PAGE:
A Blue Christmas
I am mindful this week of the both/and: the festivity of Christmas with our service tomorrow evening and the memorial service I must write for an AA acquaintance who died this week seven months after being diagnosed with cancer. The holiday season can be especially fraught for those who experience loss at this time; it’s hard to grieve in the season of cheer where even strangers bid us happiness. It’s challenging to negotiate how to mourn without casting a pall over the merriment many feel. For each person who has experienced the death of a loved one, Christmas clangs, a hollow bell announcing who isn’t here. In that way, it calls us all to be mindful of others.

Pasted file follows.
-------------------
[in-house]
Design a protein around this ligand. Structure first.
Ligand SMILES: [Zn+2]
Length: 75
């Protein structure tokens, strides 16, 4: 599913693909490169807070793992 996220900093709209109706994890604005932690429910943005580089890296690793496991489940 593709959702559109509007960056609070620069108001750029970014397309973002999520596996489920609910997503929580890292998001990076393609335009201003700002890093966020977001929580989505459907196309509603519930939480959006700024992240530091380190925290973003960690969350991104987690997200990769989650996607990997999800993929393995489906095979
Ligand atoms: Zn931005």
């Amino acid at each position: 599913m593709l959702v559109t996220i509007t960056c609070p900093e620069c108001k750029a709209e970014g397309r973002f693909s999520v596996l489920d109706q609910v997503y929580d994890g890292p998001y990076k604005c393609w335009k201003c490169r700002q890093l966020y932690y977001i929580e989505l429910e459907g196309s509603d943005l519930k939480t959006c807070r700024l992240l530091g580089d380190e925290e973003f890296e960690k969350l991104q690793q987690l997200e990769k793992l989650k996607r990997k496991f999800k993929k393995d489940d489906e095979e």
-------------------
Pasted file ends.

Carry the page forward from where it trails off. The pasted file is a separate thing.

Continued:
Even without death there are other reasons for a blue Christmas. Holidays often exacerbate family dysfunction or difficult dynamics. We overlay so much expectation onto Christmas. We either wish we were somewhere else or that circumstances were different. We are saturated with images and expectations of the perfect day, full of turkey and trimmings, glowing fires, frosty windows and steaming mugs of cheer. The ads and cards rarely show intoxication, rudeness, burned birds, not enough money to pay for it all, maxxed out credit cards, hours wasted poring through catalogs or online in search of the perfect gift. We rarely see the closets full of unwanted gifts from years past, or the disappointment on faces of people who didn’t get what they wanted: which may have been acceptance or appreciation, forgiveness or unconditional love.